NIGERIA – Shoprite Holdings Limited has shifted its focus to selling some of its real estate properties and lease them back.
The move is aimed at enabling the supermarket chain free up cash to invest in technology.
It also aims to use part of the proceeding in growing online sales and upgrading supermarkets to offer more fresh food.
“These are the kinds of investments that give us very good returns,” Chief Executive Officer Pieter Engelbrecht, said after the grocer reported its first-half earnings report.
Global retailers are increasingly leasing rather than owning real estate because “the heavier your property portfolio gets in your total asset base, the lower your return on invested capital becomes,” the CEO said.
“So eventually we become more of a property company than a retail company.”
According to Bloomberg News, Shoprite launched online purchase with one-hour delivery last year and is converting about 80 Checkers stores to its produce-focused FreshX format.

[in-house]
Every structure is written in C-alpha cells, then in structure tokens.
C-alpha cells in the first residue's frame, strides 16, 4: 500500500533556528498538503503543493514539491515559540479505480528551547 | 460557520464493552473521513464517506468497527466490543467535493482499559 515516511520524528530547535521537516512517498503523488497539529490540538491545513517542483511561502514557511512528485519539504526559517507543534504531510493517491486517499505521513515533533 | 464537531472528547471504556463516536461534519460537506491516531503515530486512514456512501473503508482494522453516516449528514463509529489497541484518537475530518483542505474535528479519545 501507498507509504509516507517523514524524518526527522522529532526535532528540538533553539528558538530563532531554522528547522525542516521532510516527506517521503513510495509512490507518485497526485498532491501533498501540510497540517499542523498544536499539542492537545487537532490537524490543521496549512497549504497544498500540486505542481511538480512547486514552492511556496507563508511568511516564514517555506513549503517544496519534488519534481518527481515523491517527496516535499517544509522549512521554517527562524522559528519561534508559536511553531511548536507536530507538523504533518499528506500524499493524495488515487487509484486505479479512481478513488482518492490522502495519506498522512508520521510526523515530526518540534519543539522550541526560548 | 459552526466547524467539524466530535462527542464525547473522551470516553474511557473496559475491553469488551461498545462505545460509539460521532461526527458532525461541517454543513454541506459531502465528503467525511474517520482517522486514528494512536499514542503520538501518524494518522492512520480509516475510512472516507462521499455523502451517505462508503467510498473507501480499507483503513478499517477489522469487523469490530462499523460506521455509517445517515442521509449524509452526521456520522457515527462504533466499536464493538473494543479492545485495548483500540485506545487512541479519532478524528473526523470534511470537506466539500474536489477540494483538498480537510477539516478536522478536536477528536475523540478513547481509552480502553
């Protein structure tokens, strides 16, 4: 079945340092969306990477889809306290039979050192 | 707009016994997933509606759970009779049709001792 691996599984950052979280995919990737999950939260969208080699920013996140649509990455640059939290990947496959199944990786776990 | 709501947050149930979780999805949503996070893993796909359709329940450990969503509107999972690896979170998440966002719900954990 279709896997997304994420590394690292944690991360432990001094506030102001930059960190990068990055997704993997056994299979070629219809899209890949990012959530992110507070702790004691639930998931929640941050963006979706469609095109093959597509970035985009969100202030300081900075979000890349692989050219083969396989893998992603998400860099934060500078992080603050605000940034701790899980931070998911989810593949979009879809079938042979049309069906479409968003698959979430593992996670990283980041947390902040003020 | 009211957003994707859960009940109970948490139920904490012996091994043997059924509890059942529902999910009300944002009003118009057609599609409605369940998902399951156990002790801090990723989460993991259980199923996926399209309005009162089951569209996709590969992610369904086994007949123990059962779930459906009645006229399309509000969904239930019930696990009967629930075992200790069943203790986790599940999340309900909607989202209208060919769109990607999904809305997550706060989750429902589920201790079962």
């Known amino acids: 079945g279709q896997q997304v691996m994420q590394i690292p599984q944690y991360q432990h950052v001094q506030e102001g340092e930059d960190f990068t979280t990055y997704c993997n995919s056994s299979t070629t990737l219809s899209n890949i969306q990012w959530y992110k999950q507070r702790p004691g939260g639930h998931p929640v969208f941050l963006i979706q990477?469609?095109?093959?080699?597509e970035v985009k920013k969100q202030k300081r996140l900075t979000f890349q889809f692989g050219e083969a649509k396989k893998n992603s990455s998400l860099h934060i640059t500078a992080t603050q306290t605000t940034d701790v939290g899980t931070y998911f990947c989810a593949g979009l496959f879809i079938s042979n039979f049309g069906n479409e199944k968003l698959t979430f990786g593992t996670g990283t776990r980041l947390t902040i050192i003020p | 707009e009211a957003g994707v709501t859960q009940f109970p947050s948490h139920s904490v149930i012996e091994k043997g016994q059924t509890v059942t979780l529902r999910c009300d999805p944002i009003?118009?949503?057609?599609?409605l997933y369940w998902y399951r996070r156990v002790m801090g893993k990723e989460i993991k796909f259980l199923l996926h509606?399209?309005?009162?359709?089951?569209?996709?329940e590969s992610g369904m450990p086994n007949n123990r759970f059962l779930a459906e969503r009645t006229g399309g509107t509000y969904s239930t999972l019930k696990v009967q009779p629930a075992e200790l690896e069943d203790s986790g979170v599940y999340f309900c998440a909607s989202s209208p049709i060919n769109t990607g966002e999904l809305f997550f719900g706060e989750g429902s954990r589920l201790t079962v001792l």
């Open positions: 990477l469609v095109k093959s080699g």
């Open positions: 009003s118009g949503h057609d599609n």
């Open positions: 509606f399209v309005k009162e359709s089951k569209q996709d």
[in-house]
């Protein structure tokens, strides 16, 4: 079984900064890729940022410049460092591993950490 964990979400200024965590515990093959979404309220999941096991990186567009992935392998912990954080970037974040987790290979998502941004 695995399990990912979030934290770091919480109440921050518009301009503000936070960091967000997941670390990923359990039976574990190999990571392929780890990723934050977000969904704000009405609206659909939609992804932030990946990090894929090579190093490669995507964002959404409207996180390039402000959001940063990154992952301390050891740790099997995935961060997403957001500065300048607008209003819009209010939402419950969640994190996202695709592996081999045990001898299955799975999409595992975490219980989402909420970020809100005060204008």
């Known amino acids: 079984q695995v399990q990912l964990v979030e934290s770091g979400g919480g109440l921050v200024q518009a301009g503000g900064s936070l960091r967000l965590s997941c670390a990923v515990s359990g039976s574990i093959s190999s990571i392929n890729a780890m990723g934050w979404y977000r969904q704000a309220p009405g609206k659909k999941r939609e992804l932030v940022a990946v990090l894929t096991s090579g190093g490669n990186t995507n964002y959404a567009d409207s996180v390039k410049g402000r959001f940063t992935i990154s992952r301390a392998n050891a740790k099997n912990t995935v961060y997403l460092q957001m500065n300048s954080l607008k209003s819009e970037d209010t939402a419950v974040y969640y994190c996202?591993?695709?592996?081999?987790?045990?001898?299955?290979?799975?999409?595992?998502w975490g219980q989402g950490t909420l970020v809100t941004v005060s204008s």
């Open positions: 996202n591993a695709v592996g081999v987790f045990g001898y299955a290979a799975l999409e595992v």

So far, the retailer has upgraded almost 30 outlets already upgraded and has revealed plans to complete the within the next two years.
Shoprite has an almost 32% market share of all food sales in South Africa, but Checkers — the brand that offers the most high-end products — has about 10%.
According to the CEO, Shoprite was able to add 350 million rand (about US$23 million) to its revenue from the its Premium fresh foods market share.
“The customers that we’ve profiled as premium buyers in our fresh stores are growing 3 1/2 times faster than in the rest of our business, so we are certainly attracting a more affluent customer more often,” Engelbrecht said.
This according to Engelbrecht was a sign that the company had greater room for expansion.
He revealed that the company was taking the next three months to “learn a bit and make sure the platform is stable and then from July we will scale it.”
“We will expand in urban areas and we are going to try and get as good at this as quick as possible,” he added.
Shoprite, during the release of its results, noted that it had responded to the virus outbreak by reducing supplies from China and transferring orders to countries such as Ukraine, Turkey, India and Bangladesh.
The company notes that it expects to lose about 100 million rand in sales from being inadequately stocked.